The same is true about your deal-breakers. If you’re not willing to relocate, be honest with the employer and don’t waste their time. Going through multiple interviews when you know the employer may not be a good fit in terms of salary, culture, location, etc. will only end up frustrating all parties involved.
Ask good questions during your initial interview to address these concerns, and be honest if you are asked about potential deal-breakers. As long as you approach these issues in a professional manner, it will ultimately help you find a good fit in the long run.
Be a Good Fit
Already throughout this blog entry I’ve mentioned the phrase “good fit” several times. This point is repeated because it is important – “fit” is one of the terms that we hear about from recruiters over and over and over again. So how can you demonstrate this quality?
Well, the points outlined above are part of the puzzle – your qualifications and your genuine interest in the position are important. Beyond just being interested, a sincere enthusiasm for the company and the position is another way to demonstrate fit. In other words, are you “just looking for a job”, or are you looking for THIS job? If you can convince the interviewer that you are truly interested in their company – by being genuine, not being cheesy – then you score some major points.
Letting some of your personality come through during the interview is also helpful. Try to connect with the recruiter on a human level while still being professional. Remember, people spend a large portion of their waking hours at work – employers strive to bring in candidates who are positive and at least somewhat enjoyable to be around.
Overall, a sense of fit encourages the recruiter that you will be happy with the company – at least for a while – and that you won’t back out of the offer or quit after a few months. Again, time is money, and the last thing a recruiter wants is to go through the process of replacing you if there is a mismatch.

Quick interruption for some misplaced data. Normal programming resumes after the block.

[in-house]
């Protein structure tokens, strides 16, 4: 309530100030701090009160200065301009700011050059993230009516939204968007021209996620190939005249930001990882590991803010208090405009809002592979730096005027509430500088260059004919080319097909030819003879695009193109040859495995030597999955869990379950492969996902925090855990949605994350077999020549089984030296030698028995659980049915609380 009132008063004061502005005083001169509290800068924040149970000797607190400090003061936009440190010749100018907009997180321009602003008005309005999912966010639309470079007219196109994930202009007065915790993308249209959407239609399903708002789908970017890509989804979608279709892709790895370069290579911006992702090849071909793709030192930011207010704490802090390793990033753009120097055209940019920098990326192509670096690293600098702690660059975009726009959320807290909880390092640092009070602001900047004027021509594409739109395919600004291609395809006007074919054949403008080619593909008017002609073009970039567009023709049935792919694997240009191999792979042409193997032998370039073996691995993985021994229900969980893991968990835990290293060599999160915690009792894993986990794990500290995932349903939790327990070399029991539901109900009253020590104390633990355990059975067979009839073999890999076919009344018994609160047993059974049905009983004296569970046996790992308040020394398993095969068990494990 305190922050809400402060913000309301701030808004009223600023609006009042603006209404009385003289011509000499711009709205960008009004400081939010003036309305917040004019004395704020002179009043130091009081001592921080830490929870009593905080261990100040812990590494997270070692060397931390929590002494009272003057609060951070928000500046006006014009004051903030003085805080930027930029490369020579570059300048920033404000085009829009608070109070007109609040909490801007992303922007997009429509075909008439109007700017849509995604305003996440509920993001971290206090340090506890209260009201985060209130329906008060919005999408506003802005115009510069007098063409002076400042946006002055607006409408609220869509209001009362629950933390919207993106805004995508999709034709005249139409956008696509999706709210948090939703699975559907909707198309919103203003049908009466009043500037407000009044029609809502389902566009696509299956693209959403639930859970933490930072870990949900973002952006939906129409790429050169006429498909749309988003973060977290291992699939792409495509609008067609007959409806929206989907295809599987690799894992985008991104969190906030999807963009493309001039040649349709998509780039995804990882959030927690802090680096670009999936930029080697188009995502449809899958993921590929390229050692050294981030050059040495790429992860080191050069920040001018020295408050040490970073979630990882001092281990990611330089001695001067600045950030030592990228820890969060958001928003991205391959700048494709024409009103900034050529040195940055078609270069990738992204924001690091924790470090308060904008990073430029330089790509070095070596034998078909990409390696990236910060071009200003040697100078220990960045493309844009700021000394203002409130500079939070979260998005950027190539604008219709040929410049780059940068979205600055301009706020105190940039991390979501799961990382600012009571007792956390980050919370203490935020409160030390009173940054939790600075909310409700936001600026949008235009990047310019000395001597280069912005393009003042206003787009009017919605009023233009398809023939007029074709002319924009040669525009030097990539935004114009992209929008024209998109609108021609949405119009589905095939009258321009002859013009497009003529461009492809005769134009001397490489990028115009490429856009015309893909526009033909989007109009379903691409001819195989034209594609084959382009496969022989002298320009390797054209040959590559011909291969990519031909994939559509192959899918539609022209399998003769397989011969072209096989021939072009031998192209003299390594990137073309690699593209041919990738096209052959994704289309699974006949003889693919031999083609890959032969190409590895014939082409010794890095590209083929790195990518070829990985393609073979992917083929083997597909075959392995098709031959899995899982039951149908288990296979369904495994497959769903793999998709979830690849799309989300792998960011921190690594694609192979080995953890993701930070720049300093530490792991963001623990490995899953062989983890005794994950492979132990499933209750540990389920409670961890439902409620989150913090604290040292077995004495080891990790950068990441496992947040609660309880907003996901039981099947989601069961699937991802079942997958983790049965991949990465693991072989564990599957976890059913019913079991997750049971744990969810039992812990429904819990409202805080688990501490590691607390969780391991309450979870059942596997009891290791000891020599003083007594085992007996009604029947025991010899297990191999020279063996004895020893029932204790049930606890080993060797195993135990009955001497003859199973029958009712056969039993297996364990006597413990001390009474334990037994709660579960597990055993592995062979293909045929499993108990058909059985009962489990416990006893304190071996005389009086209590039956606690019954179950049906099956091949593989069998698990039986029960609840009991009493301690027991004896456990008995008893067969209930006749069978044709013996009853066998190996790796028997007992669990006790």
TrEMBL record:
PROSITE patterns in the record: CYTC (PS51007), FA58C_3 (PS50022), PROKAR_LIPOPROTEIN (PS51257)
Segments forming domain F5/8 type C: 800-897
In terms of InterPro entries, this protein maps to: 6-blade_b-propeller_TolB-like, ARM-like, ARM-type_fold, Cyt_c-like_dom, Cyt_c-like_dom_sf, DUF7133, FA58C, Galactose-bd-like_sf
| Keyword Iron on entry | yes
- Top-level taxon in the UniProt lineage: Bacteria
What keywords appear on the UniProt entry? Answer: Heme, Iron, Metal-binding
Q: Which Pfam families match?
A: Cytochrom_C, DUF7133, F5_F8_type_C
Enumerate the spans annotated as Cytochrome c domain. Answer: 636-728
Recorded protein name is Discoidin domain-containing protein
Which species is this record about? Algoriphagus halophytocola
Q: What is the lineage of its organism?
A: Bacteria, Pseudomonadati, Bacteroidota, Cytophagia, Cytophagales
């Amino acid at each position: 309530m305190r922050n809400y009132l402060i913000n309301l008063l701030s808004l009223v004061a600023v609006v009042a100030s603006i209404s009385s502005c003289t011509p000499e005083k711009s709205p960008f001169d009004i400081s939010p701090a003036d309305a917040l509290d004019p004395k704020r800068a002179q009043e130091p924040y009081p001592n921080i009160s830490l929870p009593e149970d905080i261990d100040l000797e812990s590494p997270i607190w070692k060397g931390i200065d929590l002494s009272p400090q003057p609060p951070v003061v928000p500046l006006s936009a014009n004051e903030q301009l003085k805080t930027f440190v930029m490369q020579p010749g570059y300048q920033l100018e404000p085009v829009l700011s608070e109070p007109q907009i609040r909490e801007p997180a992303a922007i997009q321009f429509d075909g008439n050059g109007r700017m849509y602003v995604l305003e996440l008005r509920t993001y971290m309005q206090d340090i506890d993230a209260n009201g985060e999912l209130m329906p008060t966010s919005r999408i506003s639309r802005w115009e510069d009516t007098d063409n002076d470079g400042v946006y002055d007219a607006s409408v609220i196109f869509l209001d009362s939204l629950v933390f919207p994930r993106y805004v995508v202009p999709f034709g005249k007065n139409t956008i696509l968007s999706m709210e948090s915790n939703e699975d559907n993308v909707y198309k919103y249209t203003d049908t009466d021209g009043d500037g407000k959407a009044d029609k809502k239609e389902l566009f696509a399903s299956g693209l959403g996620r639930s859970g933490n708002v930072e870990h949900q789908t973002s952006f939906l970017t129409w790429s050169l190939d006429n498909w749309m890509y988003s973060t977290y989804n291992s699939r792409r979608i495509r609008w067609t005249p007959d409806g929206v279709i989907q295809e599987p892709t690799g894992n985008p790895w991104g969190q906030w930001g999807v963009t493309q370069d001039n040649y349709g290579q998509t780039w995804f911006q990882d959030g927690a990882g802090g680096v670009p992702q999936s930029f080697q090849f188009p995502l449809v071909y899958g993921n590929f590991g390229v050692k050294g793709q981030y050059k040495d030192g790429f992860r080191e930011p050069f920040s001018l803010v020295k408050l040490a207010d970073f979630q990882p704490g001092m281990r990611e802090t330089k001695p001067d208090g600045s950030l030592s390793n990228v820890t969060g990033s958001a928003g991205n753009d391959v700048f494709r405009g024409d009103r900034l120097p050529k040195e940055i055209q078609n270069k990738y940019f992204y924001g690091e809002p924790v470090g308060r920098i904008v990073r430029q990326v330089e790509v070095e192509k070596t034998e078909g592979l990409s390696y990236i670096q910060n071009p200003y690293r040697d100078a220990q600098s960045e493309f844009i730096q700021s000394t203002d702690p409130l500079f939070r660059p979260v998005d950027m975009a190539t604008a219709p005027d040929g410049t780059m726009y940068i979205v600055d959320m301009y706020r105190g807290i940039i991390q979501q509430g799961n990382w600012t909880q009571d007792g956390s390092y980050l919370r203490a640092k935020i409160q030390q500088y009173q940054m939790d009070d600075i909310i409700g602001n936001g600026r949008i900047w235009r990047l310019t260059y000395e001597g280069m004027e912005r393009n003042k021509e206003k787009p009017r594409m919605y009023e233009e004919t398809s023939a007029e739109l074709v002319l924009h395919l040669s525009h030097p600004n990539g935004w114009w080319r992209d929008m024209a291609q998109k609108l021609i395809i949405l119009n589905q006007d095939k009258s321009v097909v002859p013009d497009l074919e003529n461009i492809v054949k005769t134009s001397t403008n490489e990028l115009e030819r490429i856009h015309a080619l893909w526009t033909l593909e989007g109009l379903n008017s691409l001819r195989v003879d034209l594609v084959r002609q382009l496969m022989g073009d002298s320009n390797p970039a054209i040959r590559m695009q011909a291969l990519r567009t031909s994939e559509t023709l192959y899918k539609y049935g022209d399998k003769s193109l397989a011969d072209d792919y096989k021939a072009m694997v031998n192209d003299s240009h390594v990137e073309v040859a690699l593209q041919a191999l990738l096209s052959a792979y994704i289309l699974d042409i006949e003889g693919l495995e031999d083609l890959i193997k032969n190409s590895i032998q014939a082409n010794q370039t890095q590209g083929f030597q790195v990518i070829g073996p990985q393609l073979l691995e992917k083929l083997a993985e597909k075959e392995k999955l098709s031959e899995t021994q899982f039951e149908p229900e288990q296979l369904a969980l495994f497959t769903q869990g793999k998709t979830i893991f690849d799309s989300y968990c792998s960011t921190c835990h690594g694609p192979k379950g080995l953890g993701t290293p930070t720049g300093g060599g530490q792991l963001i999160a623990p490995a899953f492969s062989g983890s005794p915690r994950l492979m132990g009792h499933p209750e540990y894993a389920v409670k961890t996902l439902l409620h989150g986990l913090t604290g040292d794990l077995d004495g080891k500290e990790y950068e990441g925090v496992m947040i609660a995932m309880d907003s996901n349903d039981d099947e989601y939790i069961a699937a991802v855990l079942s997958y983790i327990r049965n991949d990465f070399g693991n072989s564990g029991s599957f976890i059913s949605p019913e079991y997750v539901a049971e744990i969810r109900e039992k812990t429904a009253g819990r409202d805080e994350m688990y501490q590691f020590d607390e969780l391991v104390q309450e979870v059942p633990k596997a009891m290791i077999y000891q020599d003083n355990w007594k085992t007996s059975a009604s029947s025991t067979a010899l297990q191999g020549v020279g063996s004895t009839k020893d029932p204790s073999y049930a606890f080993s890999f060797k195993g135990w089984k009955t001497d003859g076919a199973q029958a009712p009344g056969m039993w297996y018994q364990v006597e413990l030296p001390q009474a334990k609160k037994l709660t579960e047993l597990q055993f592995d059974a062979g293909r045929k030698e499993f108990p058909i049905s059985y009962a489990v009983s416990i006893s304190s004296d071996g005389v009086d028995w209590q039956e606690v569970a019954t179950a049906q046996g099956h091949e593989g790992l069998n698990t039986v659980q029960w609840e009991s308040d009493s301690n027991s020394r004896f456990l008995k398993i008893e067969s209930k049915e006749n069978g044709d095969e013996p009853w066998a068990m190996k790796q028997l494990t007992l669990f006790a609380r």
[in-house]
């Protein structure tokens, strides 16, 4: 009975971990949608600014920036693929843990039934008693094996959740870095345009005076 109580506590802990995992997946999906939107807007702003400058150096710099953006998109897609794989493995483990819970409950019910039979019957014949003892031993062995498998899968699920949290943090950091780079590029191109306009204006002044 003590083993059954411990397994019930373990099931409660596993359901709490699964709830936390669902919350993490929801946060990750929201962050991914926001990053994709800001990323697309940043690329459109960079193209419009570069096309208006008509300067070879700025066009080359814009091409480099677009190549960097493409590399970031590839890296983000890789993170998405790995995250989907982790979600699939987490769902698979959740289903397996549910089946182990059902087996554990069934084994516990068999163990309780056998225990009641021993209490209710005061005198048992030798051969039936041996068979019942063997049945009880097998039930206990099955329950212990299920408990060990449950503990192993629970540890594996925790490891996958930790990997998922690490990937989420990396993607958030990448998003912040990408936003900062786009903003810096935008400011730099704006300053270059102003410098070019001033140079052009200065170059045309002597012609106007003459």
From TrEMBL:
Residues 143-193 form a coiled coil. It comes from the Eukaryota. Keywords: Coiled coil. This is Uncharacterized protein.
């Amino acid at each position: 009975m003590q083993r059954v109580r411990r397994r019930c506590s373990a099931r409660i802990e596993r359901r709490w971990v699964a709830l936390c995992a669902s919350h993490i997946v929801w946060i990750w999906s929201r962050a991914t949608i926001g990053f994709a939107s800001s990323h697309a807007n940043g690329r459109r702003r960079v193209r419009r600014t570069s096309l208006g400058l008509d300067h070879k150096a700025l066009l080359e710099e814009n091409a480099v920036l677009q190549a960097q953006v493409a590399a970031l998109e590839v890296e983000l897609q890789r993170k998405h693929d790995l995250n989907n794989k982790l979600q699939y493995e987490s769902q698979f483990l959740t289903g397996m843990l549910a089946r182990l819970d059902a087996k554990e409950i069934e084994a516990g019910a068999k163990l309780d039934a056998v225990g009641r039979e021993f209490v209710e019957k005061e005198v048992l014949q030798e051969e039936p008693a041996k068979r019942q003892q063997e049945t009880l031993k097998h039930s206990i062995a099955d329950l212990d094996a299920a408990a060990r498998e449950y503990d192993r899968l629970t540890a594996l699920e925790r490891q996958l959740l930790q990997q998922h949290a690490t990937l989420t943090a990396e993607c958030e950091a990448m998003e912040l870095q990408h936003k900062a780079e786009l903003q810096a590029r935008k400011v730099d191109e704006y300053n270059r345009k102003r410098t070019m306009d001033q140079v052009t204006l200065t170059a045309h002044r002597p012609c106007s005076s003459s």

Finally, it is important to be professional. Regardless of whether you excel in every category outlined above, a lack of professionalism can kill your chances of getting hired. This category could include anything ranging from your communication skills to your dress.
Attention to detail is important, so make sure you think through your interview preparation carefully and get feedback from others if you have any questions. As they interact with you, the recruiter will be asking themselves questions such as “Can I put this person in front of my customers? Can I put this person in front of my boss?” If the answer is no (or even maybe), then you probably won’t make the final cut.
What’s the best way to hone your professionalism? Practice, practice, practice.
Professional skills are really more like habits, and include a multitude of small acts like handshakes, small talk, interview responses or writing cover letters. Try to exude professionalism in your everyday life to make these skills a natural part of your personal brand. One easy tip for demonstrating professionalism? Send a nice follow-up email shortly after your interview. Not only does this reinforce your sincere interest in the company, but it also impresses recruiters and keeps your name fresh in their mind!